Feed on


Again, the first sentence of this story is particularly striking. Alice and Ian meet and reconnect at a funeral of their friends, something I found somewhat comical, especially considering the fact that Katinka was never particularly faithful to her significant others. But the element of the story morphs into the love story about Alice and Ian, their relationship complicated by her dissertation. I hadn’t bothered to notice that the subject of her dissertation wasn’t revealed…that is until it was revealed. Both Ian and Alice seem to have had somewhat troubled childhoods — Alice’s mother being a drunk and Ian’s father being less than faithful. There’s some truth to the saying “the apple doesn’t fall far from the tree,” in the context of this story. As Alice becomes progressively paranoid, she picks up the Vodka bottle. But O’Connor deliberately mentions the “plastic orange juice glass,” a vivid reminder of her mother’s alcoholic past.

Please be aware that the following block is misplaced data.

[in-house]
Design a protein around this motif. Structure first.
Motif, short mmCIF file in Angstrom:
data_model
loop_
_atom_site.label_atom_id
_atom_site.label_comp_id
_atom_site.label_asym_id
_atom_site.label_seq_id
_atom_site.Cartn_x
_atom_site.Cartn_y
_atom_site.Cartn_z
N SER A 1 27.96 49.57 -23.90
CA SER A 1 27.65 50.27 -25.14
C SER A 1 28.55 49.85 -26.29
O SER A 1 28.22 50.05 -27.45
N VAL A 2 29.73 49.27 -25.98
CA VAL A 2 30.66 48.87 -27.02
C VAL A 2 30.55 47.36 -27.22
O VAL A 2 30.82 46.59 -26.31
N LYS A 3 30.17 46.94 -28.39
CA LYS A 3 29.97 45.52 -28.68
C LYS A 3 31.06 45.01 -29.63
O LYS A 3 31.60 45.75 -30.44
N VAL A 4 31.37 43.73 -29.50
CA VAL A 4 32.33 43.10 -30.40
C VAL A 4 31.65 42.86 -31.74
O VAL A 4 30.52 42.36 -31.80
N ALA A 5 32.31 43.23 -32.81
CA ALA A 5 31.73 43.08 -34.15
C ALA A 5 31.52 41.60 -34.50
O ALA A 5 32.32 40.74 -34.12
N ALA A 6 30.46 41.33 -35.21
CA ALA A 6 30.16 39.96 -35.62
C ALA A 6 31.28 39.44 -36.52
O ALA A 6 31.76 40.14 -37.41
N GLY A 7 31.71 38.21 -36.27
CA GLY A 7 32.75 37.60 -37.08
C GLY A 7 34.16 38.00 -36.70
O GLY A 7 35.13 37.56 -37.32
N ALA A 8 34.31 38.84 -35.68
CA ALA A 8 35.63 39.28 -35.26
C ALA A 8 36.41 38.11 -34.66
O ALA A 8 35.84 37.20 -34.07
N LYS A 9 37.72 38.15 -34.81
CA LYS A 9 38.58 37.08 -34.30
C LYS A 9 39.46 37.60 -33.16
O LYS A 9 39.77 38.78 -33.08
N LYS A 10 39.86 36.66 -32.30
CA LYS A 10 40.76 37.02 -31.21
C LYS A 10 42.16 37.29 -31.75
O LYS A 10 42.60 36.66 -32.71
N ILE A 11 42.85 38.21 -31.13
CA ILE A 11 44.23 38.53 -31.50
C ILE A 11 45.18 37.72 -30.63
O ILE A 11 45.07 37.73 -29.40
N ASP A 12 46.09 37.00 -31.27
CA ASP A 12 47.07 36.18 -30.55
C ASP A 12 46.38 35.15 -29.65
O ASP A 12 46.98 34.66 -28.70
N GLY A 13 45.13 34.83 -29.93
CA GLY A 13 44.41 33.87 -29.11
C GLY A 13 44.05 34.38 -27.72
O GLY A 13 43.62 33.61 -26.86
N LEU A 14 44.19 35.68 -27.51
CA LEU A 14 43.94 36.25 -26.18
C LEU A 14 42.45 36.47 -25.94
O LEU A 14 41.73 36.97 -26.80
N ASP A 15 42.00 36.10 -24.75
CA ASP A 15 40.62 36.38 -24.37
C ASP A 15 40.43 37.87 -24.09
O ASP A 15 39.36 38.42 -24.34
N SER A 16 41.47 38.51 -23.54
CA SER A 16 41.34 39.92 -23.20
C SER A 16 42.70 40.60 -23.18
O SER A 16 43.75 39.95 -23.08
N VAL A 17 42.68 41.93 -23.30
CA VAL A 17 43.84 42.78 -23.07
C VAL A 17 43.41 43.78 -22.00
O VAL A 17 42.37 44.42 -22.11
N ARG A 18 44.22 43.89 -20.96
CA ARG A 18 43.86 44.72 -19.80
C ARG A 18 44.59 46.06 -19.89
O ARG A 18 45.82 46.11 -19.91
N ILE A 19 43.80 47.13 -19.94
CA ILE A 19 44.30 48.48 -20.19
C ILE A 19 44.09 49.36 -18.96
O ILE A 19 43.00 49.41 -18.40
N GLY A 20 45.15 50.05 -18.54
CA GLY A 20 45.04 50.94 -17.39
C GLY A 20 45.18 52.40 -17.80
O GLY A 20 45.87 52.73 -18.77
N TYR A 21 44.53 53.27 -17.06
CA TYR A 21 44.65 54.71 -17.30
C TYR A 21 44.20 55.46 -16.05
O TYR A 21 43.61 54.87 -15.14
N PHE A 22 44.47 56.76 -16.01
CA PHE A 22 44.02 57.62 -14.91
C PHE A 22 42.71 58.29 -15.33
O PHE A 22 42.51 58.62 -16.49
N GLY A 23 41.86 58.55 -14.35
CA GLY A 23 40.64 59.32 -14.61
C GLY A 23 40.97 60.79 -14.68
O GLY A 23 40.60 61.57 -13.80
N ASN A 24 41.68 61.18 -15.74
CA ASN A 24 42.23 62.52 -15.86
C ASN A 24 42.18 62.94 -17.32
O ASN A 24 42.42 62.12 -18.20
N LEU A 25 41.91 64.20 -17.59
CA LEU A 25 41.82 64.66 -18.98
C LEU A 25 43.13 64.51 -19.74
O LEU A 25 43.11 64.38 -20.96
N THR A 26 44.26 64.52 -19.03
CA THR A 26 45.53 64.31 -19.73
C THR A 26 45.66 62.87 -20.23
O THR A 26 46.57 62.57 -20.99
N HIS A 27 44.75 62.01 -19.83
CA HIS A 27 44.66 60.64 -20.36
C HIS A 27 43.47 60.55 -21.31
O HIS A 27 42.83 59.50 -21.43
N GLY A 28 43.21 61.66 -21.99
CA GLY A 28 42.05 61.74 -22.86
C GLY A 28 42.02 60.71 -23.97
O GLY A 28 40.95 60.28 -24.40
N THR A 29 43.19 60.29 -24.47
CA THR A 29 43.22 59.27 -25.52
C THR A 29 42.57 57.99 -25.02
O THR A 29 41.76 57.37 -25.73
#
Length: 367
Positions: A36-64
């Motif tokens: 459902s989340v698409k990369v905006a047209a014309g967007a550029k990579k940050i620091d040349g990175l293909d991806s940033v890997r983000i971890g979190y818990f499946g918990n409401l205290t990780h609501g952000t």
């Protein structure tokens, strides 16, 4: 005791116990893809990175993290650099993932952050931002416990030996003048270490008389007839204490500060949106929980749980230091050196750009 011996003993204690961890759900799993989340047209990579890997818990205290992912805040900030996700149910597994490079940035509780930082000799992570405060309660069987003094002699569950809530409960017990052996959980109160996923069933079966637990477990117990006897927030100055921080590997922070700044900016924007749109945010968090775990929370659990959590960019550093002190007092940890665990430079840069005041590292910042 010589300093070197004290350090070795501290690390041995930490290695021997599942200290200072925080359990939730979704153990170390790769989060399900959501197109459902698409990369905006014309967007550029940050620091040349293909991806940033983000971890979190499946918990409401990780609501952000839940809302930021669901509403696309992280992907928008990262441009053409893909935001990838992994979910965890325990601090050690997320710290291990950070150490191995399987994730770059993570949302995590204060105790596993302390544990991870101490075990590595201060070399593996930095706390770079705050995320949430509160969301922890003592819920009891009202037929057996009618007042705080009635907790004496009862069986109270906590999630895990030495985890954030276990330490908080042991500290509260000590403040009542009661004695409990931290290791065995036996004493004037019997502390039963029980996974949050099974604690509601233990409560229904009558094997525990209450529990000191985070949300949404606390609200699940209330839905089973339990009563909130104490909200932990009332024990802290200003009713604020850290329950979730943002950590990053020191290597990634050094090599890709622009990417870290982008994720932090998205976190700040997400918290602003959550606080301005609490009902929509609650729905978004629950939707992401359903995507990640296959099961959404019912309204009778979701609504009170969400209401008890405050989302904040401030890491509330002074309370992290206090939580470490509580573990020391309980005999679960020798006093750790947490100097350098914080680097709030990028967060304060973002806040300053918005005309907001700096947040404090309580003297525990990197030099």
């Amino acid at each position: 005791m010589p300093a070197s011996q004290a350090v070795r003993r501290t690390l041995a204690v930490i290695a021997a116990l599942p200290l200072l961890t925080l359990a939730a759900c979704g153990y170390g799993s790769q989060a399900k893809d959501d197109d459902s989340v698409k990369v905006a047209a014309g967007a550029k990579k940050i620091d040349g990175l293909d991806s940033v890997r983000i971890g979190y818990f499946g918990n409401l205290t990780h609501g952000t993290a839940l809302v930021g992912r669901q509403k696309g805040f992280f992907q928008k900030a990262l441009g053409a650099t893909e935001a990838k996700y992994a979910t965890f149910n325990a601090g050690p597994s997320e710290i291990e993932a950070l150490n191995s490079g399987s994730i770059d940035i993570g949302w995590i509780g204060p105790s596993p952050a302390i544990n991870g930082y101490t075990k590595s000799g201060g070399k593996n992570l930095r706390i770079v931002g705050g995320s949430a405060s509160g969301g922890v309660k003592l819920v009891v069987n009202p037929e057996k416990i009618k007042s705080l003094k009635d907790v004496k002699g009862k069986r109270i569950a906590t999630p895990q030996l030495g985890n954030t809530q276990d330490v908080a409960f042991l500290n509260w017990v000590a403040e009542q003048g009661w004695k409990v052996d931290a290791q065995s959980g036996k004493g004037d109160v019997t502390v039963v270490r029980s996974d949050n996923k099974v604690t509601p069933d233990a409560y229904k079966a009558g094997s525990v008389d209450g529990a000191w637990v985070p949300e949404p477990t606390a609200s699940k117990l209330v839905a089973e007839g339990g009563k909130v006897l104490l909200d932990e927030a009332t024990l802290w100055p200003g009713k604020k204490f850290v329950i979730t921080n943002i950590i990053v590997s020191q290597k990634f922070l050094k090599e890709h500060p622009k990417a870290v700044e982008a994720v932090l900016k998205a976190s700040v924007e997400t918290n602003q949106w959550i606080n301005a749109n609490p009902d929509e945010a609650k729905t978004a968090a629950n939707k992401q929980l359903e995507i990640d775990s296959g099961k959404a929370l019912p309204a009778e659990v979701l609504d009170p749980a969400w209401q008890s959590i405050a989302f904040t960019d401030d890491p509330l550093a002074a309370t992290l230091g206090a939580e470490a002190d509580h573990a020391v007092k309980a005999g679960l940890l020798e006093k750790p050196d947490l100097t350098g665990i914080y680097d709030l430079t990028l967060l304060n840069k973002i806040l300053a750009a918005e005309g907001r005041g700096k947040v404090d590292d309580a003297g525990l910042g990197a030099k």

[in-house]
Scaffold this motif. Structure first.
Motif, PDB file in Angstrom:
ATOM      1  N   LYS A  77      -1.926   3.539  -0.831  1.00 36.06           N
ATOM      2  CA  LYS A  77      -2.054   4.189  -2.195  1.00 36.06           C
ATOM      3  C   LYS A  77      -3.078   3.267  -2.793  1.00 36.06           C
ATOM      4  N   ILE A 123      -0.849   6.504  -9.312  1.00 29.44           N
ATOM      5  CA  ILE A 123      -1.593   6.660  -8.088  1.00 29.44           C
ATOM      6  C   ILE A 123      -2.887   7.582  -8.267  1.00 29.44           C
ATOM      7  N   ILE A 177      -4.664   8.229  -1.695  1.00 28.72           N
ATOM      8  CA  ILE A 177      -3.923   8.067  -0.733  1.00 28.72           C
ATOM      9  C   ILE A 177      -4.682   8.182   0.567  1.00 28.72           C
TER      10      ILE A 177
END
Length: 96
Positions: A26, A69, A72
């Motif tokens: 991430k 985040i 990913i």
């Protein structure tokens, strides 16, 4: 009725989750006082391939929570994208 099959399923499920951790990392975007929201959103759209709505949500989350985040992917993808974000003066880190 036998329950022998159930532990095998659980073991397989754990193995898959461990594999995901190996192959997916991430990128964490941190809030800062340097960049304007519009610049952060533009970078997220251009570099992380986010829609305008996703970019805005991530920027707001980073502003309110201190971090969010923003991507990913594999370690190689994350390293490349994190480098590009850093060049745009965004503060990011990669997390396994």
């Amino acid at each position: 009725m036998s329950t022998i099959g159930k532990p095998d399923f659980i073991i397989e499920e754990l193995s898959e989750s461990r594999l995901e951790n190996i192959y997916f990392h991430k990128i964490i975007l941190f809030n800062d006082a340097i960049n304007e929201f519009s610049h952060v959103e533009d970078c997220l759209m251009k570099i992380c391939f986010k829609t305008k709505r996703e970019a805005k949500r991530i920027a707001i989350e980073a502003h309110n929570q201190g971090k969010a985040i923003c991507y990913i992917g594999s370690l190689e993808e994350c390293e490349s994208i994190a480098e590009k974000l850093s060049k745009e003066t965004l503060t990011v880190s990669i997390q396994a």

O’Connor’s detail, as the story moves forward, becomes increasingly chilling. I was able to feel Alice’s anxiety as she listens to the crunch of the leaves and stares into the “leather brown,” face of the bizarre old man. Heightening the readers frustration and anxiety is the development of Ian as a somewhat detached character. He ignores Alice’s paranoia and assures her that the noises are just a bear, wandering drunkenly through the woods. The sexual tension within the story is also an element that caught my eye. Was Ian only interested in that aspect of their relationship? He seemed to have some redeeming moments, holding her in his arms, or laughing with her and teasing her in the boat. But I left the story sure of his infidelity. The idea of the “crazy girlfriend,” accused of imagining any sort of affair is one that is very familiar. Alice doesn’t trust any of her gut instincts or any of her suspicions and brushes them all off, fearful of seeming neurotic in Ian’s eyes. The story ends without any sort of confession, leaving the reader with some amount of suspense and conflict.

Comments are closed.